Fact-check: Diapers don’t cause infertility in male infants

Fact-check: Diapers don’t cause infertility in male infants

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Diapers infertility

Sperms are not produced until adolescence, and any potential effects from wearing diapers are likely to have dissipated by that time.

Aarizo Jan, a new mother from Budgam district in Kashmir, India, was advised by her grandmother-in-law to avoid using diapers for her infant boy. She was warned that it could cause reproductive health issues for the child, including infertility. 

Can the use of diapers in male infants hamper their reproductive health? Not really. There is some evidence that the use of disposable, plastic-lined diapers may result in an elevated scrotal temperature in boys, causing impairment of their natural testicular cooling mechanism. This may have a negative impact on the production of healthy sperm is the contention.

While elevated temperature of the scrotum can have short-term effects on male fertility, research suggests that once the testicles cool down again, sperm production goes back to normal. Also, it is important to note that boys do not produce sperm until adolescence, and any potential effects from wearing diapers are likely to have dissipated by that time. 

First Check reached out to Dr Yasir Wani, Head of the Department of Paediatrics and Neonatology, District Hospital Pulwama, Kashmir, India, for his scientific take on the subject. “Ongoing studies are examining whether diapers could potentially be a cause of infertility. While some research suggests that diapers may contribute to infertility by elevating testicular temperature (which should be lower than the temperature of other body parts) beyond the optimal threshold of three degrees Celsius, further research is required to establish conclusive evidence on this matter,” says Dr Yasir.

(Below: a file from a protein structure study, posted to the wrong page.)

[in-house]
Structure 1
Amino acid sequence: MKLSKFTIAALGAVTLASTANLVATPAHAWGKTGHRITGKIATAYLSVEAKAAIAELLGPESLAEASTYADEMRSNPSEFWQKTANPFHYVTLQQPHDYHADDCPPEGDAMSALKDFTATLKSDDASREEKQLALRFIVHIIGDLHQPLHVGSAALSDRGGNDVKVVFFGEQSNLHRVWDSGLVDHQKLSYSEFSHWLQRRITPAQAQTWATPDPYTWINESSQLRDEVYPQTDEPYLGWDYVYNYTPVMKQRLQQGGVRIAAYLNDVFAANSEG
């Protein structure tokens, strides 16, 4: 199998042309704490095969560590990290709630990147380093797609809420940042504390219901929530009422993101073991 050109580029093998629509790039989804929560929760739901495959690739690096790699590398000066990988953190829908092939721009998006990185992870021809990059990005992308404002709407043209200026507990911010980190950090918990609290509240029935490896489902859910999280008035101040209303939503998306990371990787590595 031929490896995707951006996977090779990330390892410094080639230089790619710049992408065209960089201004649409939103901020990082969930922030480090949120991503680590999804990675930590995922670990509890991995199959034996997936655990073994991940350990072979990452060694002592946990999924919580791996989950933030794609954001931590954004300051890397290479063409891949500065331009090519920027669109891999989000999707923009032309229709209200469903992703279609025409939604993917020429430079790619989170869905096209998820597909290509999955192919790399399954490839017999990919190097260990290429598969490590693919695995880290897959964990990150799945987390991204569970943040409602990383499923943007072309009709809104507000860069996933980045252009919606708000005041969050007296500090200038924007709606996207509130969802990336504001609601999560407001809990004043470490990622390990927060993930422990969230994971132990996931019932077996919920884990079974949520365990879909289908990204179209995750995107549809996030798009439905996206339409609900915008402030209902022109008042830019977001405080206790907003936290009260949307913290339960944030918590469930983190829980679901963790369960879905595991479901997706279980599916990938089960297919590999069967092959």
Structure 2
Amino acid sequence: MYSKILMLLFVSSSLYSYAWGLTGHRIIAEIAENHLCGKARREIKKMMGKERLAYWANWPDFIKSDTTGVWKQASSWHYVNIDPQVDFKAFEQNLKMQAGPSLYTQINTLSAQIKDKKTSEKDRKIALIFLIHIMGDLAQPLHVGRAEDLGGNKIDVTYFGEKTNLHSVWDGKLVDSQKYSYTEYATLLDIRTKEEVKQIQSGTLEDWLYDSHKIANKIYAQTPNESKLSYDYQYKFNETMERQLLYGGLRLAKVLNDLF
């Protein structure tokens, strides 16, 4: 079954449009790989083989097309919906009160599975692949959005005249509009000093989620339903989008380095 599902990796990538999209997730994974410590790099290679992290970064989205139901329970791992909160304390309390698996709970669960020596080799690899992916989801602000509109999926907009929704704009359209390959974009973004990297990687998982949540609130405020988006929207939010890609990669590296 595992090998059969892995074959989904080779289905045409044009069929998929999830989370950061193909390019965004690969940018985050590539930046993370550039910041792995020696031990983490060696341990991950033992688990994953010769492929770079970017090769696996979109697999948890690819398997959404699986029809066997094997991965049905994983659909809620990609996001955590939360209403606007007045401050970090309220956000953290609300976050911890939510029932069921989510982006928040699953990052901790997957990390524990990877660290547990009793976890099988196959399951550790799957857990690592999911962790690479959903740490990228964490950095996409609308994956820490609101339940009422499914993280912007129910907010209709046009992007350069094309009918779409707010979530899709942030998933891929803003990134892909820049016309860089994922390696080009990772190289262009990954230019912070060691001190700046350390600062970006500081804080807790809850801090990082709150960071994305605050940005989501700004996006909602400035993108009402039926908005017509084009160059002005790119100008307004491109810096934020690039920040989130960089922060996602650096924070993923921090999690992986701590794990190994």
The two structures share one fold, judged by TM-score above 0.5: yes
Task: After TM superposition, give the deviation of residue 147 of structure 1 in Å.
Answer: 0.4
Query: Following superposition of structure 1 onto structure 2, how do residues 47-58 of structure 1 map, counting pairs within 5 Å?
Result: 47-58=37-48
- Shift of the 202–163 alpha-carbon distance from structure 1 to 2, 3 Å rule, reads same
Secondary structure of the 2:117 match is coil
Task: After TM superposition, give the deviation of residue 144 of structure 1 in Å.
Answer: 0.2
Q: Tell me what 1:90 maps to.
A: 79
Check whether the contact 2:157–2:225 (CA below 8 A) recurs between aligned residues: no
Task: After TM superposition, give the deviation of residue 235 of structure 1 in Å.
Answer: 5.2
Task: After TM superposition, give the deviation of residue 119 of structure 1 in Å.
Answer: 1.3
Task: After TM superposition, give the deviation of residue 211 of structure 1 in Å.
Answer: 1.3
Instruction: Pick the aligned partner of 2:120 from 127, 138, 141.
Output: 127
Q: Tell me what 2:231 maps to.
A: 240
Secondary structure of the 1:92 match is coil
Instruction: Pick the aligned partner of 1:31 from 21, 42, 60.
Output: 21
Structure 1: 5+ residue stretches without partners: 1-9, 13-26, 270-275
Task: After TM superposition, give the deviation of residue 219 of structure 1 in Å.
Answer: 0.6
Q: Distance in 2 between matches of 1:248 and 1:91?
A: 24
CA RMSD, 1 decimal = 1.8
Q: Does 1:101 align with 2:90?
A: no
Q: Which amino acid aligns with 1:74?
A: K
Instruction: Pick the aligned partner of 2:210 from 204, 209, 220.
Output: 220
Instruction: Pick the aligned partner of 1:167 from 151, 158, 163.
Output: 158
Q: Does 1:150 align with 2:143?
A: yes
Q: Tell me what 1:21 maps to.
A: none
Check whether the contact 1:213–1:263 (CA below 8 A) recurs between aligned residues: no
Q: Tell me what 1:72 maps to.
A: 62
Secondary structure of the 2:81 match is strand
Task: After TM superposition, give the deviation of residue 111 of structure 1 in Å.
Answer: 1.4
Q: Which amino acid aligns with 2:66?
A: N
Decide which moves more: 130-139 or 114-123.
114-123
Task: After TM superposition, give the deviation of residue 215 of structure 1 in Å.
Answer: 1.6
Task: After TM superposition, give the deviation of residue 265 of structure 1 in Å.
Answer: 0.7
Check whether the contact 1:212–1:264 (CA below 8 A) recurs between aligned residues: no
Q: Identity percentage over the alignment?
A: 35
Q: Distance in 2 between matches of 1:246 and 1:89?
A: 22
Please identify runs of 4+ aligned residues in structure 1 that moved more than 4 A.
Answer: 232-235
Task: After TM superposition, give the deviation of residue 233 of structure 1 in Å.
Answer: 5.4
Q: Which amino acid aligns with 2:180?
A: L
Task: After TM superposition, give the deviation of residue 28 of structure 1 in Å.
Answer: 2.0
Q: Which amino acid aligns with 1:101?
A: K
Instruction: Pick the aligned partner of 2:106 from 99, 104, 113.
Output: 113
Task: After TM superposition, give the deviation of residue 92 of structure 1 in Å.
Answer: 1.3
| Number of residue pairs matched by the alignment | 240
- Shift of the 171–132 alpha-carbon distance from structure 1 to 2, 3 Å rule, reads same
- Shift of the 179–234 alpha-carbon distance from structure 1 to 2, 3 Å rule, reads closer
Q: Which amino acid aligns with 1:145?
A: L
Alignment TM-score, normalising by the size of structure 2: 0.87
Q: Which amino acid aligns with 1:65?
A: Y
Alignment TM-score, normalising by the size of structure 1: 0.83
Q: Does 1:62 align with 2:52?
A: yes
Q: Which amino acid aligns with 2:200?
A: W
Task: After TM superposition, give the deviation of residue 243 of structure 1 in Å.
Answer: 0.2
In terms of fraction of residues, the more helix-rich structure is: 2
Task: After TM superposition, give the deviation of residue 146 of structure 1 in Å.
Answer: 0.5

Dr Eunice Wong, First Check member and paediatrician, specialising in behavioural and developmental pediatrics, from Hong Kong believes that the heat and moisture trapped in diapers do not present a substantial threat to male reproductive health during infancy. “There are several factors that can influence male fertility later in life. One important factor is the condition of undescended testicles, where the testicles remain inside the body, potentially leading to impaired sperm function,” she says.

“In cases where male infants have undescended testicles and happen to be wearing diapers, it is possible for this correlation to be misinterpreted as a causal relationship between diaper usage and reduced fertility. However, there are no documented cases or known instances of long-term reproductive issues or infertility in males specifically attributed to diaper usage,” she explains. 

Dr Eunice recommends changing the baby’s diapers at regular intervals. This can be done after every feed, since bowel movements or urination usually accompany the feeding. Or else, parents may choose to change the diaper before feeding, ensuring that the infant is clean and dry.